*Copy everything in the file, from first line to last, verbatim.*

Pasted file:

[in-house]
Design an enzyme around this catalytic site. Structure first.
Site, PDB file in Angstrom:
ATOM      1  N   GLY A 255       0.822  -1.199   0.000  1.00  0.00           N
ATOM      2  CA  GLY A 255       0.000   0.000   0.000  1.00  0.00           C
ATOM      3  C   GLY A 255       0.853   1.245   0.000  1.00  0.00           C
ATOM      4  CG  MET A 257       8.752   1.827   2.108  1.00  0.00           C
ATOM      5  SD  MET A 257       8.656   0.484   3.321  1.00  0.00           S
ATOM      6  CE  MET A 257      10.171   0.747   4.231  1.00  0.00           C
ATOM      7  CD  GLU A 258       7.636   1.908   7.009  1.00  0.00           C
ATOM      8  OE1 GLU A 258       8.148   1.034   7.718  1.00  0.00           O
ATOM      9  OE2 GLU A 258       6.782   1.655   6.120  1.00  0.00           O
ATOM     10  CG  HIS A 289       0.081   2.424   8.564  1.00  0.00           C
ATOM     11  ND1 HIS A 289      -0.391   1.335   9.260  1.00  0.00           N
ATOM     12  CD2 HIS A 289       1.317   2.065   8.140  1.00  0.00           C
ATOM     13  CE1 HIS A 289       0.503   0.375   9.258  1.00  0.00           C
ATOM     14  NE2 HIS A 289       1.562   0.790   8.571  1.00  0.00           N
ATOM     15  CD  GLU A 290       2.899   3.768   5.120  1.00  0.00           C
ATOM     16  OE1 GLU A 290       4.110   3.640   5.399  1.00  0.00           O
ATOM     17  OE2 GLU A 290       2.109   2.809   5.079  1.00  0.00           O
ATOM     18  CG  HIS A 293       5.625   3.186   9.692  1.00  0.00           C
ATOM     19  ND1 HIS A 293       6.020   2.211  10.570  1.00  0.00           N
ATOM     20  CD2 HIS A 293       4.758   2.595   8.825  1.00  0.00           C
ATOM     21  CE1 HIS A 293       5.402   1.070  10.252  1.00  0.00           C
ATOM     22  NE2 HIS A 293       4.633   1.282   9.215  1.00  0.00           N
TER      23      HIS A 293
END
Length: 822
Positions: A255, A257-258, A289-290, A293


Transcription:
[in-house]
Design an enzyme around this catalytic site. Structure first.
Site, PDB file in Angstrom:
ATOM      1  N   GLY A 255       0.822  -1.199   0.000  1.00  0.00           N
ATOM      2  CA  GLY A 255       0.000   0.000   0.000  1.00  0.00           C
ATOM      3  C   GLY A 255       0.853   1.245   0.000  1.00  0.00           C
ATOM      4  CG  MET A 257       8.752   1.827   2.108  1.00  0.00           C
ATOM      5  SD  MET A 257       8.656   0.484   3.321  1.00  0.00           S
ATOM      6  CE  MET A 257      10.171   0.747   4.231  1.00  0.00           C
ATOM      7  CD  GLU A 258       7.636   1.908   7.009  1.00  0.00           C
ATOM      8  OE1 GLU A 258       8.148   1.034   7.718  1.00  0.00           O
ATOM      9  OE2 GLU A 258       6.782   1.655   6.120  1.00  0.00           O
ATOM     10  CG  HIS A 289       0.081   2.424   8.564  1.00  0.00           C
ATOM     11  ND1 HIS A 289      -0.391   1.335   9.260  1.00  0.00           N
ATOM     12  CD2 HIS A 289       1.317   2.065   8.140  1.00  0.00           C
ATOM     13  CE1 HIS A 289       0.503   0.375   9.258  1.00  0.00           C
ATOM     14  NE2 HIS A 289       1.562   0.790   8.571  1.00  0.00           N
ATOM     15  CD  GLU A 290       2.899   3.768   5.120  1.00  0.00           C
ATOM     16  OE1 GLU A 290       4.110   3.640   5.399  1.00  0.00           O
ATOM     17  OE2 GLU A 290       2.109   2.809   5.079  1.00  0.00           O
ATOM     18  CG  HIS A 293       5.625   3.186   9.692  1.00  0.00           C
ATOM     19  ND1 HIS A 293       6.020   2.211  10.570  1.00  0.00           N
ATOM     20  CD2 HIS A 293       4.758   2.595   8.825  1.00  0.00           C
ATOM     21  CE1 HIS A 293       5.402   1.070  10.252  1.00  0.00           C
ATOM     22  NE2 HIS A 293       4.633   1.282   9.215  1.00  0.00           N
TER      23      HIS A 293
END
Length: 822
Positions: A255, A257-258, A289-290, A293